In the midst of digesting all this hoo-haw, he also sent me a private Messenger request, entitled “My Dear Sister Samantha”, the crux of his note being his telephone number, a request for me to call and a final greeting of “Love, Hope and Joy!”
What. The. Actual.
After I took a few minutes to try and understand what circumstances would make a person be such a dick online, I learned that he is potentially very lonely and seems to be unwell. It didn’t take much detective work to draw these conclusions, either. (Thank you, open Facebook accounts!) My research pointed to a man with a pituitary tumour, for which I have an immense amount of compassion. But I did find it funny that his Facebook likes include a one… wait for it… Deepak Chopra! I tried to imagine what heinous crime Mr. Chopra must have committed to isolate a former fan who now insists “F*** him.”
I decided to make a conscious effort to just move on, but by then, the damage had already been done.
See, our minds are like fertile garden soil. We must be judicious with the thoughts we plant, otherwise we could have invasive, quick-growing weeds suck out all the moisture and nutrients, leaving us stripped bare. Overrun, even. It sounds dramatic, but you know it’s true.
If you’ve ever had a negative thought, or been at the other end of someone’s obnoxiousness, you know that your mind can take over rational thought and spiral into a yucky place where you cannot shirk the damn thing away. Like a stubborn, prickly weed, you can’t just pull it out and toss it down the hill, either. It’s right in there, super deep. You may wind up grabbing a fistful of something if you yank with all your might, but the roots of the thing still linger, which means before long, there will be another, stronger weed occupying that much-coveted real estate in your brain.
Truth time: my deepest, current insecurity is that I’m making something from nothing. And that it won’t matter. It won’t be relevant. And that nobody will care. And that I’m completely full of shit.
Omigosh, I said it. That’s what keeps me up at night! For us sensitive types, we rely on others to care about what we offer to the world. But I’m smart enough to know that even with all my experience, my comfort level with risk and the bold vision I have, everything could still bellyflop with one robust splash.
So this dude did a number on me. He re-ignited all the fear I thought I had control over. Thanks, asshole!
Mercifully, I also view his “fucking nothing” comment as a gift. Because I’m not going through all this soul-searching and work and pain for nothing. It’s very purpose-driven. If anything, though, he’s reminding me that whatever I put out into the big wide world, it must be in service of others.
It will be. And I’ll still be judged. ?
To lighten this moment, please enjoy an old photo of my daughter Piper, about to jump into the coldest pool in Ecuador. You see that smiling face? She doesn’t care. She’s just going for it! And that’s where I wanna be. This picture is an #accuratedepiction of my feelings right now. So I think I’ll hashtag some more feelings below, just because it’s fun to invent painfully-long words!
Yesterday, I left the house at 2:30 p.m. in my pajama bottoms, making a beeline to the nearest Tim Horton’s drive-thru. This was an act of sheer, unadulterated laziness: a woman in desperate need of a coffee with zero desire to clean out the machine from the morning’s earlier fix. My youngest had also not eaten lunch, and a house full of fruits and veggies just wasn’t cutting it. (50% of the inhabitants here are watching what they eat. I’m not one of them, neither is the kid.)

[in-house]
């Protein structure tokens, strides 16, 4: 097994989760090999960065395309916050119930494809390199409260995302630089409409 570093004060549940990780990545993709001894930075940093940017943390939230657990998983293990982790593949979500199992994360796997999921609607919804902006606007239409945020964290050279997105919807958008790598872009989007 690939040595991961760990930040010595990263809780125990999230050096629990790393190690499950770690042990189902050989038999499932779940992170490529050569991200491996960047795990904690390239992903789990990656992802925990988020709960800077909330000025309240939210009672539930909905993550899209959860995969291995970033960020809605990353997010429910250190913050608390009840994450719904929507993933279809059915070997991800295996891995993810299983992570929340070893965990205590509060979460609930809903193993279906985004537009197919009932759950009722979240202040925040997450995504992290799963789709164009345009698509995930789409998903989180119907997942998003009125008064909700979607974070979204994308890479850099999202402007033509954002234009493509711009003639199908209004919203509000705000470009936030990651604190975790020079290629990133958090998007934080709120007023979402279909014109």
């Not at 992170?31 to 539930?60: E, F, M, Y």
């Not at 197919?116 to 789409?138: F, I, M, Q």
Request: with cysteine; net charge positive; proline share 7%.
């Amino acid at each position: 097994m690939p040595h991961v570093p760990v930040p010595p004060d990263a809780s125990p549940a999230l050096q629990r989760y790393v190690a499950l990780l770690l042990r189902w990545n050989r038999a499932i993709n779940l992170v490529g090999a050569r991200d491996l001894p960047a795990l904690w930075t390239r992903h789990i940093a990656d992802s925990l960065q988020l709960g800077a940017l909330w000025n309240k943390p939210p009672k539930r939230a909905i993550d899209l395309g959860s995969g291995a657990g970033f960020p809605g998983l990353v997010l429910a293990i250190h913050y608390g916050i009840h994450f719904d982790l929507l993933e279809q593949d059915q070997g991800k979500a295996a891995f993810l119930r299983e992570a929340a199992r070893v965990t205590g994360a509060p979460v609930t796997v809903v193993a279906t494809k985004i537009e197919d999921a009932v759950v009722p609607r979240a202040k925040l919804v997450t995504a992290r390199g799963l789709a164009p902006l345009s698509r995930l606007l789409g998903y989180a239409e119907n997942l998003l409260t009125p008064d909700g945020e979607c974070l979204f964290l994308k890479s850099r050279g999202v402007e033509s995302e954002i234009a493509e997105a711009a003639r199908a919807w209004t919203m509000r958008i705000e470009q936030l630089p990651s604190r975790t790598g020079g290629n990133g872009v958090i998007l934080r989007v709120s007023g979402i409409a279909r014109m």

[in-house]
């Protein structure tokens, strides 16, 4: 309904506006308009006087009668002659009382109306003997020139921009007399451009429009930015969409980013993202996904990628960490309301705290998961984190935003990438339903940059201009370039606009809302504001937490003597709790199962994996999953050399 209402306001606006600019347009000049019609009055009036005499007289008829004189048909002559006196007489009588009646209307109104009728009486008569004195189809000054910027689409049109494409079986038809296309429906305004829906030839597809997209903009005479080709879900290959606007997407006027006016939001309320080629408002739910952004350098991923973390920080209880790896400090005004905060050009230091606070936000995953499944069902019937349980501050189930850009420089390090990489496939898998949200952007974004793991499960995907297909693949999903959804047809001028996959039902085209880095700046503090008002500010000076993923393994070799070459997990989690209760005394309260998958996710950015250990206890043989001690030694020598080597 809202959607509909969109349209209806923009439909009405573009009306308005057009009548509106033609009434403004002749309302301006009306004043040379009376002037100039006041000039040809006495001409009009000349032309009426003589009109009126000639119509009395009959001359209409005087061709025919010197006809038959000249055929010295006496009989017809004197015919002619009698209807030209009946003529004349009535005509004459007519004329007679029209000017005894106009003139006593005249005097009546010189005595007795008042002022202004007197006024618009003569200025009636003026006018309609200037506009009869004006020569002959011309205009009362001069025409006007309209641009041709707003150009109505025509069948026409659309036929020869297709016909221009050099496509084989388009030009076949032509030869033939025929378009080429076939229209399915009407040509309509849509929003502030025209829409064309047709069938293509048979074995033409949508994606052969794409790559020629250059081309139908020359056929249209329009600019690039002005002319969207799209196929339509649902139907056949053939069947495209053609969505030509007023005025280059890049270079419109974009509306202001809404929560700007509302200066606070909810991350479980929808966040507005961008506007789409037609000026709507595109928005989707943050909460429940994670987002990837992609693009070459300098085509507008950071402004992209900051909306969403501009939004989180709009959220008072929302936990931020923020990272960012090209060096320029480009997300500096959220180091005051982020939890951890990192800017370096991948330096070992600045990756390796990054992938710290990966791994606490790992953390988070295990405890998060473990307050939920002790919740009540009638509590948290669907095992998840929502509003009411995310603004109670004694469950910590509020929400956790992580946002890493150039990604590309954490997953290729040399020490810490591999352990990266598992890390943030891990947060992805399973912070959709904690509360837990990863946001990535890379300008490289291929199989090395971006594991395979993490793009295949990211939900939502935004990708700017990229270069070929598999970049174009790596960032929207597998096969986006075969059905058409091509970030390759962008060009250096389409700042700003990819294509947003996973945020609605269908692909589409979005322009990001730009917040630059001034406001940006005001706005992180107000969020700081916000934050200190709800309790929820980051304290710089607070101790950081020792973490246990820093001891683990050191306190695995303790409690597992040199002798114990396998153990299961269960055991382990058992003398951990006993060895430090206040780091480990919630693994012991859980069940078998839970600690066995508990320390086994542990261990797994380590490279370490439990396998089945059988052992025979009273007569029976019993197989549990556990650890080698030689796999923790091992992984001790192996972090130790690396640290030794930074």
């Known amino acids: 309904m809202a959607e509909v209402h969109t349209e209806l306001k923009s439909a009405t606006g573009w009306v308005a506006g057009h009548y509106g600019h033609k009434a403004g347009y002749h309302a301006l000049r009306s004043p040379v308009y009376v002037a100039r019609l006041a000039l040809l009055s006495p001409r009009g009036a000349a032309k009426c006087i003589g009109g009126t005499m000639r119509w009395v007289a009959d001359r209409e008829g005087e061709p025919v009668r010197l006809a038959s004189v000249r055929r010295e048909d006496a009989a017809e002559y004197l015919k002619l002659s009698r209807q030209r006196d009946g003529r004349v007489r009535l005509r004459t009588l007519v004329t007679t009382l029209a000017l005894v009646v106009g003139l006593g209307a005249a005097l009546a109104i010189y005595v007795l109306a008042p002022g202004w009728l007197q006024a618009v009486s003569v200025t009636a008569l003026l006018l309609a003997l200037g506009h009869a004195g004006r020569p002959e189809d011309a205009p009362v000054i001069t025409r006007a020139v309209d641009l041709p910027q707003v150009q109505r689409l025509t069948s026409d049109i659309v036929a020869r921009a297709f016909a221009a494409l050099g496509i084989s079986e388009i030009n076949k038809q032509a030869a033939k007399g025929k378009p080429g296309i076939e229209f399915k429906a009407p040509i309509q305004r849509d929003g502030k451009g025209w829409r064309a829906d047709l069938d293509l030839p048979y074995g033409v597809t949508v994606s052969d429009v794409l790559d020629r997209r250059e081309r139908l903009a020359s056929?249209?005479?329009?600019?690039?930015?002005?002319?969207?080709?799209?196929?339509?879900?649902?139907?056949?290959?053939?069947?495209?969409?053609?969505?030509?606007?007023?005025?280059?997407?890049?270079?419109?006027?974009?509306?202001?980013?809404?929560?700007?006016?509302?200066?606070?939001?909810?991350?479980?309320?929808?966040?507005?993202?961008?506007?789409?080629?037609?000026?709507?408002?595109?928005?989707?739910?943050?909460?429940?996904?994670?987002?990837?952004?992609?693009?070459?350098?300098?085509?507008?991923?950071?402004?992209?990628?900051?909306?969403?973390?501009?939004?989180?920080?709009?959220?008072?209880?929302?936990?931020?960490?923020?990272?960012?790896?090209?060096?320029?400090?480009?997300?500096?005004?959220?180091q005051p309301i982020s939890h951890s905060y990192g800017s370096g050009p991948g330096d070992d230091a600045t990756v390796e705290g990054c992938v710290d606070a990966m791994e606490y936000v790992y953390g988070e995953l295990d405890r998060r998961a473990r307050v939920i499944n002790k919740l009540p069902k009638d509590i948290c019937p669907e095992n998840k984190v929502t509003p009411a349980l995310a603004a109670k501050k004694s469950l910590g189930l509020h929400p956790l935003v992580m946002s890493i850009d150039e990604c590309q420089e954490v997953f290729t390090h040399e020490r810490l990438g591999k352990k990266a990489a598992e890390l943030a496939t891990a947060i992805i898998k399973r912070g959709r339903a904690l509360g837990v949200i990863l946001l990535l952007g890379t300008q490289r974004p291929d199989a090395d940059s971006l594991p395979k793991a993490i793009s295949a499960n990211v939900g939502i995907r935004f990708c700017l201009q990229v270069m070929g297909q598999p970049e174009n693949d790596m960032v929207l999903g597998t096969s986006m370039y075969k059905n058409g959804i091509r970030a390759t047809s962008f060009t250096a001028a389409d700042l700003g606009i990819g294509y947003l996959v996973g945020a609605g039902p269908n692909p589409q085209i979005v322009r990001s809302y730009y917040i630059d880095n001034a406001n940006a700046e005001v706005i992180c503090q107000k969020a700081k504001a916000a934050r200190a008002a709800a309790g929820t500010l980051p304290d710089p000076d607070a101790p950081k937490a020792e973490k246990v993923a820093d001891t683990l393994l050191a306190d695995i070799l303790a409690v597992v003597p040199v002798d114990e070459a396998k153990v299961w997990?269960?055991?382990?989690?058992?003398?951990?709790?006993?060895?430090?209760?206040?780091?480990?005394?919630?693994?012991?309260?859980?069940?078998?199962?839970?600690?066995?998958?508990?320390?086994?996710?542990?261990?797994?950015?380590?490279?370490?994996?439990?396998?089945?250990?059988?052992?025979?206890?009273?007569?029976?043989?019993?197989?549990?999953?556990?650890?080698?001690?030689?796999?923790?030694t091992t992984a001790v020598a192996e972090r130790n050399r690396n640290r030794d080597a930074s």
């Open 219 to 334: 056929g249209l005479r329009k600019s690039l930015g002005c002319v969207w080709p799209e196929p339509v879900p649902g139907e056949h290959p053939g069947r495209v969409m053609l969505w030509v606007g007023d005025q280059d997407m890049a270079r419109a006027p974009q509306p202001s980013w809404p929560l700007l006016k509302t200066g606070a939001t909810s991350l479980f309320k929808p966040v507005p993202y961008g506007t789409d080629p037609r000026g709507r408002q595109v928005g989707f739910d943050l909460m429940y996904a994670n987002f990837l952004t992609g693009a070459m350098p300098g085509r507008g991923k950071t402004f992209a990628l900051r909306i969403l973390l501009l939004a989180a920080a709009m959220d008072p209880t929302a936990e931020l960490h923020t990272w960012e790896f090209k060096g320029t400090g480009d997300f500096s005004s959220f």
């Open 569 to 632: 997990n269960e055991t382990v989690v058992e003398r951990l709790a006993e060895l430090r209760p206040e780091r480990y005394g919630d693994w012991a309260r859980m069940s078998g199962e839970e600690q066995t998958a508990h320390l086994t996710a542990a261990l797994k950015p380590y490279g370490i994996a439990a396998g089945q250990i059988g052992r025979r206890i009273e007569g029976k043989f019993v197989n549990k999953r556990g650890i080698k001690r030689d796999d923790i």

As I approached the order window, I found myself confronted with the icky stench of discomfort. An unkempt-looking Indigenous man sat on the concrete block adjacent to my car, holding a tattered cardboard sign that read: HOMELESS. ANYTHING HELPS. Doing my best to avoid eye contact, I unconsciously scanned the situation from 10,000 feet above. Here I was, milking the convenience (and dare I say luxury) of takeout while this human’s reality painted an entirely different picture. In that moment, I scoured the car for evidence of anything I could donate. But it’s COVID, so I haven’t used real money in awhile. And by the time I thought to order him something to eat, I was already up at the window paying.
I drove home. This doesn’t affect me, so I’m just gonna move on with my day…
It’s now Saturday, and I find myself in an all-out tizzy. Like most, I’ve been taking in the week’s appalling news and riding a rollercoaster of WTF-ness. The two most disturbing bits to me have been what I’m calling ‘The Cooper Showdown’ and ‘George Floyd’. I’ve been sponging up all the abhorrent details GOOGLE will provide in a desperate search for some kind of answer. Of course we know I haven’t found any, because what I’m looking for doesn’t yet exist. My brain longs to make sense of it. It’s denied over and over, and yet I continue to follow these stories with interest, disgust, shame, and sadness. In the words of The Black-Eyed Peas, “I think I’m all distracted by the drama and attracted to the trauma.”
Throughout my life, I’ve been confronted with a number of pivotal moments where I learned something catastrophic has happened in the world, I’ve felt a sense of fleeting impact and then quietly gone about the business of getting on with life. There are three core examples I want to speak about, highlighting some important things I learned at the time and some personal reflections I’m experiencing right now.
September 11th, 2001
I was 27 years-old and had just finished an early morning meeting at the mansion of a prominent, local businessman. I walked back to my office at the National Arts Centre in Ottawa, and recall feeling so lucky; the sun was out, birds chirped their sing-songy best… I just knew it was going to be the kind of day where everything you touch falls into place. Except that it didn’t.